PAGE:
For this lesson, I ended up looking at the following blogs: Aabdul810, TechieToolsBlog, and Bri’sCoolToolsBlog.
What did I learn? So much!!! I wish I did a better job of reading other blogs during this year’s Cool Tools because in just this weekend, I got so many ideas and learned so many cool tips and tricks. I guess that will be my goal for next year…
One of the first things I learned, courtesy of Aabdul810’s Thing 2 post on Photo Fun, was that you can use your own photo to create word clouds in Tagxedo! I had no idea you could do this-I just assumed I had to use their pre-programmed options. (I really really wanted to try this out right now but, I’m out of town for the long weekend and my host’s computer says it doesn’t have the right software to create a Tagxedo.)
Over at Bri’s Cool Tools Blog, I learned about LessonPaths in her Thing 5 Curation Tools post. Not only is it another potential way for me to curate resources for students (I like that it supports a wide variety of resource tools), you can search other people’s “playlists” so you don’t have to constantly reinvent the wheel when looking for great resources for teachers, students, and parents.
Finally, I hit up Techie Tools Blog. In Thing 11: Coding tools, I learned about the app Cargo Bot. I’ve been celebrating coding month in December the past two years with my 1st-5th graders. I get a lot of great ideas and activities (even some unplugged activities) from the Hour of Code website but, also like to have some coding apps for the kids to try. Right now, I only have Daisy the Dinosaur and Scratch Jr on our iPads. This app will make an excellent addition to our coding apps (can’t believe it’s free!!!) but, like Techie Tools, I’ll have to practice more with it before I introduce it to the kids! I’m stuck on one of the early tutorial levels!!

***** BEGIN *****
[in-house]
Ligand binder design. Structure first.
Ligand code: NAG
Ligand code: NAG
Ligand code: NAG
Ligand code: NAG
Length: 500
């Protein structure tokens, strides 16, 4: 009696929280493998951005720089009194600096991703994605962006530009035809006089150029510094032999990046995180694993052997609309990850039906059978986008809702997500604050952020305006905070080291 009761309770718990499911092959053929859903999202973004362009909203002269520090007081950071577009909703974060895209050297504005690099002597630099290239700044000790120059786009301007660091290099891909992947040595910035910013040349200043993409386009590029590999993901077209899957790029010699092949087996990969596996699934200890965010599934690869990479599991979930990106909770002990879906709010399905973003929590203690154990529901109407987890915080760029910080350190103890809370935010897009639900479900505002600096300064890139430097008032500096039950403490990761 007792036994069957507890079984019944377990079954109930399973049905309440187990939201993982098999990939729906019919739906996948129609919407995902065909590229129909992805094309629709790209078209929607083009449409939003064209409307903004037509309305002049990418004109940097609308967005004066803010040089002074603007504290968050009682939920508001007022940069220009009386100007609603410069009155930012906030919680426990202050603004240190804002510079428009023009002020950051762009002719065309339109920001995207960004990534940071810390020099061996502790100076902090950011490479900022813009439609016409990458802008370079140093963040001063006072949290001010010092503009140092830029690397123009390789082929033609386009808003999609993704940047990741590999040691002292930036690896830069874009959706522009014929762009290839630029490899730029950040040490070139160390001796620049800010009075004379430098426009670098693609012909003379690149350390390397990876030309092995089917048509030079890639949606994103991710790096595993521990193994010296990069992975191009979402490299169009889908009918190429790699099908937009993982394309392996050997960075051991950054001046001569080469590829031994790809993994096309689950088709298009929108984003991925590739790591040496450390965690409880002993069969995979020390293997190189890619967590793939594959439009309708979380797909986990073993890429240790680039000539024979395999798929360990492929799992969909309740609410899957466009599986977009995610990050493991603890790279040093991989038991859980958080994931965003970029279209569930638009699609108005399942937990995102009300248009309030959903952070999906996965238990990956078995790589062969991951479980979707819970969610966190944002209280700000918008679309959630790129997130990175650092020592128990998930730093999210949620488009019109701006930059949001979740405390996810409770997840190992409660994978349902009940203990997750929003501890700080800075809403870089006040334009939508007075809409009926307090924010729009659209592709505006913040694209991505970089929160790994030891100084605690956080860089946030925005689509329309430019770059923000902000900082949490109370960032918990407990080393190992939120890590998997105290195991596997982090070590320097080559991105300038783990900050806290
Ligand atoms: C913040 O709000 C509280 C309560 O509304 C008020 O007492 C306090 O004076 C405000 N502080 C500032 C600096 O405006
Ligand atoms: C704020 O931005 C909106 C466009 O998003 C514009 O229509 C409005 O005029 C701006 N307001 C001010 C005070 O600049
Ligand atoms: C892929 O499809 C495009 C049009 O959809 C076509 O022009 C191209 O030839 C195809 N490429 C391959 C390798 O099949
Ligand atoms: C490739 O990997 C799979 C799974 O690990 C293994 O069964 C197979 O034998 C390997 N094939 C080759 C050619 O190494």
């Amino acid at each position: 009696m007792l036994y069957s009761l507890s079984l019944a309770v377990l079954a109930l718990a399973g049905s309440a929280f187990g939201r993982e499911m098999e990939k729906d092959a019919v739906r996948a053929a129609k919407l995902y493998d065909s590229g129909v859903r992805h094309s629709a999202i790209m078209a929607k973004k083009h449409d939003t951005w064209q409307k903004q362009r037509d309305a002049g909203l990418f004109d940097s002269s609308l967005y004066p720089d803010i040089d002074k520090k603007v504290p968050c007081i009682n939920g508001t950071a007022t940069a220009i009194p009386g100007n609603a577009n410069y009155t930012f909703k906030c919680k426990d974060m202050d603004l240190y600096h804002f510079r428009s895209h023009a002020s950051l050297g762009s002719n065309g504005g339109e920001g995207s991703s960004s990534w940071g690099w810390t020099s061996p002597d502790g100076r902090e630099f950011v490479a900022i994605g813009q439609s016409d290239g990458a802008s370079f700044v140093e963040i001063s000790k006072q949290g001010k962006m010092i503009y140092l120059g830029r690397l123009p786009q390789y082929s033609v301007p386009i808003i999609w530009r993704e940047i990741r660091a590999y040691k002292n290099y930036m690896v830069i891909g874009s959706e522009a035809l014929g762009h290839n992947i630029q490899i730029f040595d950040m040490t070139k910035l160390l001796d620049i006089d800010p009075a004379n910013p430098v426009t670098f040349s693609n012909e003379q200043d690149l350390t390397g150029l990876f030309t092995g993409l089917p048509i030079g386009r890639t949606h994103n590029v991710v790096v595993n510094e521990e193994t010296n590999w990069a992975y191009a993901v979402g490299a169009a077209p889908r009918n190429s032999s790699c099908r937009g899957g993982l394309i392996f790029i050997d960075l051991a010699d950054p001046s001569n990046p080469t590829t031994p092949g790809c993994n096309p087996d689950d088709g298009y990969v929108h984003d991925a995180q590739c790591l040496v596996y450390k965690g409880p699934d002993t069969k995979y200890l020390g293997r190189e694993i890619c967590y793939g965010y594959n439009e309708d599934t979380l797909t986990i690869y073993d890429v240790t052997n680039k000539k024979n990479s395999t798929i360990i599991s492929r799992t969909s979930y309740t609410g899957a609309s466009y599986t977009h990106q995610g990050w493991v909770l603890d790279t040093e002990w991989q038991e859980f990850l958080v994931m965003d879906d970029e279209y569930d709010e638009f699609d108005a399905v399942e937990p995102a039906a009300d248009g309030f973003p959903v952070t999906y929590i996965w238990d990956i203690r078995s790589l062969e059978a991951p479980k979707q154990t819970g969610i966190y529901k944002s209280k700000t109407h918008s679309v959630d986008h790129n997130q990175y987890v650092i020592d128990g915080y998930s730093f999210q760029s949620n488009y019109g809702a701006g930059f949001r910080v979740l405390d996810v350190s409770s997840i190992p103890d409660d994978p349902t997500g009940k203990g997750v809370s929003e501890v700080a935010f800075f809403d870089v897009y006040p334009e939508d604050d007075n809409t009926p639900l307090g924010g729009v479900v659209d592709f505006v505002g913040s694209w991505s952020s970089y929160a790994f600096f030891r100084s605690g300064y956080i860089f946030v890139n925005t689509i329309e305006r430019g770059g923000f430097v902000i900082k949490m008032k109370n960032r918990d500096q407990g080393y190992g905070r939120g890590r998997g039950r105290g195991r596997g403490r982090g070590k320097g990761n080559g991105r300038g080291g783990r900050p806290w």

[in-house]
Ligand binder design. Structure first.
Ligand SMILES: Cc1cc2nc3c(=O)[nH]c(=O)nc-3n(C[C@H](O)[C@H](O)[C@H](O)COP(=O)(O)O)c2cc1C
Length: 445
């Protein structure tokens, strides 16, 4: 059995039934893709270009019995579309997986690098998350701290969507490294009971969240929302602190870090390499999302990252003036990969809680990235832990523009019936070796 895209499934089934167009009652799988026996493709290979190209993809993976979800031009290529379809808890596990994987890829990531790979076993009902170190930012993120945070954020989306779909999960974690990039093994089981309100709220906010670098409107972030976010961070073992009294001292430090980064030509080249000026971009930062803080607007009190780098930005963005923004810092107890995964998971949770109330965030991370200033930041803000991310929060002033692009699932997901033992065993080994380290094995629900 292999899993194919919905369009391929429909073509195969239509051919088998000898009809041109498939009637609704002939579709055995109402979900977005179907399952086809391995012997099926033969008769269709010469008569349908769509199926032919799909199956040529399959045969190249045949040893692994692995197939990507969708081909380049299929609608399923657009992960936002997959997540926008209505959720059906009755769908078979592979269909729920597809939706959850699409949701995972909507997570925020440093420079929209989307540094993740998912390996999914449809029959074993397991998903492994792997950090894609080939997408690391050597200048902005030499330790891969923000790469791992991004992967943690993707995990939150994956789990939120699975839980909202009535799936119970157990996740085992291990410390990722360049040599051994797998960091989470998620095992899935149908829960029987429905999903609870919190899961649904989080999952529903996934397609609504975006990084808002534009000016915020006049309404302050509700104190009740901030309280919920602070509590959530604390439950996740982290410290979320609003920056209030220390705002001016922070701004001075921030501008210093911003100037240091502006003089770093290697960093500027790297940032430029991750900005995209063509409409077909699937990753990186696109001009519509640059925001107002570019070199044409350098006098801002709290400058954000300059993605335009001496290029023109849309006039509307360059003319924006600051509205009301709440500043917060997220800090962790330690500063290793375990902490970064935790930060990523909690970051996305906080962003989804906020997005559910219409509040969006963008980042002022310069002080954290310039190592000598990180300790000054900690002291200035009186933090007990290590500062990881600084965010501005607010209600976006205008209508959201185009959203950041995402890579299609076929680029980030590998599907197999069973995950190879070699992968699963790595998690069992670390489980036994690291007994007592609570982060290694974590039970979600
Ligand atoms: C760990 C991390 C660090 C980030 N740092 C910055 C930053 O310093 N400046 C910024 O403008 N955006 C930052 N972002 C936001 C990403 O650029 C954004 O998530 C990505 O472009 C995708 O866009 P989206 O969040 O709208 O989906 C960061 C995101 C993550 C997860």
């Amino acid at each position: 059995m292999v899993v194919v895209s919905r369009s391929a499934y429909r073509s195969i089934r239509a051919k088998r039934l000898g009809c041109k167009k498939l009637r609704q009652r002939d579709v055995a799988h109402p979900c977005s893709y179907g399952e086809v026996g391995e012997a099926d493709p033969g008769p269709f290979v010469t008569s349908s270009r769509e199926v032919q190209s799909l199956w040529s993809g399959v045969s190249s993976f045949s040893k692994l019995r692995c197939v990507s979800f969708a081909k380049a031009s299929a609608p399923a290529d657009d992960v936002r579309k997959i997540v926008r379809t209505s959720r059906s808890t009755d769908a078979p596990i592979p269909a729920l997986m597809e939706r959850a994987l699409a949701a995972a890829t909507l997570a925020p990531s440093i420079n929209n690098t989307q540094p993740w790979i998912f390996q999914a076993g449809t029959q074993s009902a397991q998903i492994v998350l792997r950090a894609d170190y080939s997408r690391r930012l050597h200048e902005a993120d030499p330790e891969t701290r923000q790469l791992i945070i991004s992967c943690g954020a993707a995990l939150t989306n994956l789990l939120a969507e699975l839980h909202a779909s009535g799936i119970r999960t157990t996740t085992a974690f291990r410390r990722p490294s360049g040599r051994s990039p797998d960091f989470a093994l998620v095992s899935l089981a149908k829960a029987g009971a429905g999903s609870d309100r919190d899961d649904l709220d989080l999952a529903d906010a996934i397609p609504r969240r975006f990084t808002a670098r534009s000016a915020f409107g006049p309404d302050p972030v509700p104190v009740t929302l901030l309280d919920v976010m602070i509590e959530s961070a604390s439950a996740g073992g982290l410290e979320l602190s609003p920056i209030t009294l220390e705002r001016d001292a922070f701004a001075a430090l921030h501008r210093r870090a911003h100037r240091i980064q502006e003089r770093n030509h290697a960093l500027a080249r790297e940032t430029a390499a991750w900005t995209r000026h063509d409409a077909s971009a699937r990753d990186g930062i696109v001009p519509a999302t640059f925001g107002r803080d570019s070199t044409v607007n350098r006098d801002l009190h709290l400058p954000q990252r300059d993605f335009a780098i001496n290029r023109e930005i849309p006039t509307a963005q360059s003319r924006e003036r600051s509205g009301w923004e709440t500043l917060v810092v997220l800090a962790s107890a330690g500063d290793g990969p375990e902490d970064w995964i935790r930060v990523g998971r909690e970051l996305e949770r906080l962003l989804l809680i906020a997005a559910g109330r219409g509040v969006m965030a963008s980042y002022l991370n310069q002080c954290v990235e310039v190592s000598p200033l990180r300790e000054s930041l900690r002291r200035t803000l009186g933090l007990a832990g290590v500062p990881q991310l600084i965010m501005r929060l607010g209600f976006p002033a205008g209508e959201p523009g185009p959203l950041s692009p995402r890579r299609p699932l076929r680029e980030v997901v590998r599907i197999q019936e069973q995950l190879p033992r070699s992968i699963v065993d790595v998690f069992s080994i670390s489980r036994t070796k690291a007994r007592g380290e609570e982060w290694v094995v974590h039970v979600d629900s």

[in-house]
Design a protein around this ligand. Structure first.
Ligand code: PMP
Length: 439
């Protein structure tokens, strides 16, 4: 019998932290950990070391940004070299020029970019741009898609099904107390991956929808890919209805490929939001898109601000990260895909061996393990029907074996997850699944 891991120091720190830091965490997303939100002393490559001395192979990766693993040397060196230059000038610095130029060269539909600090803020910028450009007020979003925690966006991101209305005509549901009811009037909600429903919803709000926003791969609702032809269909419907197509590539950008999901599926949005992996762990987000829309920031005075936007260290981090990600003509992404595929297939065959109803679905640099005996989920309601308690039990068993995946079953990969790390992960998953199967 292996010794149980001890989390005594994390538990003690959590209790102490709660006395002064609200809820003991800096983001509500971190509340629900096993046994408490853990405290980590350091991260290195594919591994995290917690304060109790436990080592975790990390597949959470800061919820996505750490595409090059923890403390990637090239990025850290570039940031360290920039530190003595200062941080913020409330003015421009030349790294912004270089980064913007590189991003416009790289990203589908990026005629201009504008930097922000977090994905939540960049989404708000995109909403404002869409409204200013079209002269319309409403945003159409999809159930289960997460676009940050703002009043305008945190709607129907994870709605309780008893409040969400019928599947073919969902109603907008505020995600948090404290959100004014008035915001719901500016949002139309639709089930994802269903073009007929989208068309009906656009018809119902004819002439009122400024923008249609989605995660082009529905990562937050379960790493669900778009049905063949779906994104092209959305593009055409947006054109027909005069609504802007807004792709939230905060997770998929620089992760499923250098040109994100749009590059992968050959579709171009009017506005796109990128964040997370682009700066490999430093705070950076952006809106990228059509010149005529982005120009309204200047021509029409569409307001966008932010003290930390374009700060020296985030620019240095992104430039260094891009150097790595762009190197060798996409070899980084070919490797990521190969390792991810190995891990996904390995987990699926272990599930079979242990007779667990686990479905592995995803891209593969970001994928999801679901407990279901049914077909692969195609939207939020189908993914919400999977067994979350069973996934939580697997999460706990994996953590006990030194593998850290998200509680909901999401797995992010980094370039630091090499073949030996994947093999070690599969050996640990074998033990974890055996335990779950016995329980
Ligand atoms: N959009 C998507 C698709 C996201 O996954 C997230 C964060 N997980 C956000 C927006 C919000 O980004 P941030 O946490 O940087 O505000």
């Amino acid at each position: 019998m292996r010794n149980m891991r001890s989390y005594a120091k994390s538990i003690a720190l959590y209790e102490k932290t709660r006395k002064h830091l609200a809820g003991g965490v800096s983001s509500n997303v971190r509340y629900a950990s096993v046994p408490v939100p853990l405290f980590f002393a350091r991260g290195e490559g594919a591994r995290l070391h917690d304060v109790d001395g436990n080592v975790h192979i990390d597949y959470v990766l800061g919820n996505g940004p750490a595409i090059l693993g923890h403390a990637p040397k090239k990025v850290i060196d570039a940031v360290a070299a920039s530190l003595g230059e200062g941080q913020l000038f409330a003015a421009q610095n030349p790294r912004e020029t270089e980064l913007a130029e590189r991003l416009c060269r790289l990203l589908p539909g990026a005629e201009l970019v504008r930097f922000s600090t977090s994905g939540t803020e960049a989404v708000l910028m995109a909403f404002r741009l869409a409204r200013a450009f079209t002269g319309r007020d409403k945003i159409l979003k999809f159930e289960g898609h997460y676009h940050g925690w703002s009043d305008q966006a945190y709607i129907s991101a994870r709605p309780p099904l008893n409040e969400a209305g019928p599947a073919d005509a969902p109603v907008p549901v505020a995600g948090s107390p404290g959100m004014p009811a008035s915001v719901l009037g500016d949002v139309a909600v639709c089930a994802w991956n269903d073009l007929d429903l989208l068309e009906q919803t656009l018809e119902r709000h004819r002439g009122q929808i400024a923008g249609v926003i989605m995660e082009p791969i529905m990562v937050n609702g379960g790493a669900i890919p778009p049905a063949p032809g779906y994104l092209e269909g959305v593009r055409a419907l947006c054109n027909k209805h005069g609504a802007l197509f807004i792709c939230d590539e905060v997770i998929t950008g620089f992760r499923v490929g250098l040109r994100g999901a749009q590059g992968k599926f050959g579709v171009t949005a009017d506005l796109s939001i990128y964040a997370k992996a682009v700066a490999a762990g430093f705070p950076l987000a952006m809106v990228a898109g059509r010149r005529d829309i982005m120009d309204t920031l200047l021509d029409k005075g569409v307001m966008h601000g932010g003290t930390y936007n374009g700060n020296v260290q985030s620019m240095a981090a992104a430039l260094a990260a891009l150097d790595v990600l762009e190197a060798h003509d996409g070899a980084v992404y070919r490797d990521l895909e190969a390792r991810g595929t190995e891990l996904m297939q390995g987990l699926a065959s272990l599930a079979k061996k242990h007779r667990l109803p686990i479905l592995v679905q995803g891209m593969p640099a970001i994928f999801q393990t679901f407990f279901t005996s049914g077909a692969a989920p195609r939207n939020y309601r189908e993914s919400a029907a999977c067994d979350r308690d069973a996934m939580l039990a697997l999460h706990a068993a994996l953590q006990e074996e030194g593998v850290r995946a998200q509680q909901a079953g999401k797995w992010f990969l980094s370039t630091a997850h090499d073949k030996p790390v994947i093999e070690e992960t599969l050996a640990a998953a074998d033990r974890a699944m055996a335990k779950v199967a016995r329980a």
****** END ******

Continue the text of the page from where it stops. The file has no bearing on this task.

Another great idea I picked up over at Techie Tools Blog was using Google Classroom for Battle of the Books! Being a relatively new librarian, and thus fairly new to Battle of the Books, I’m still looking for ways to improve on it every year. But, I’m also looking for improvements that also make running it easier on me-this will be especially true next year when we no longer have our library clerks (a fact I’m pretty sure I’m still in deep, deep denial about…). On the surface, it might seem like setting up Battle of the Books in Google Classroom might be more work, not less, however if I use some of my summer break to set things up in Google Classroom, I think I could save myself a lot of time during the school year.
However, I didn’t just love this idea because it potentially revolutionize the way I conduct Battle of the Books in my building next year, I loved it because it finally gave me a good idea for using Google Classroom in the library. Every since they finally made Google Classroom available to us, I’ve wanted to use it with my classes but, I also didn’t want to use it just to use it. I wanted to have a good idea that made the most sense with Google Classroom instead of another option. One of my biggest holdups with Google Classroom was that, if I don’t always use it, the kids will forget how to access it. So few of my classroom teachers use our Google Apps for Education options with their classes that their Gmail credentials aren’t something they are use to needing to know. I’ve been extolling the benefits of Google Docs and slowly making some converts this year. One of the things that frequently happens though, is that the teacher makes a master template in Google Docs, shares it with the students, and then when they all open it and start working on it, everyone is overriding everyone else’s work. If I’m available, I’ve been able to show them how to have students make their own copy (the only way I knew how to combat this problem) but, when I’m not available, they often give up and just switch to Word docs. Not something that helps me make converts of everyone…
But now, thanks to Techie Tools post, I know that Google Classroom has an option that will MAKE A COPY FOR EACH STUDENT!!! This tiny detail alone might be enough for me to convince loads of teachers to join me on the Google bandwagon next year! I can’t wait to start showing and telling this little detail all over the school, maybe even the district…I think I might have an idea for my first PD session next year!
And finally, here’s the links to where I left some comments on the other blogs: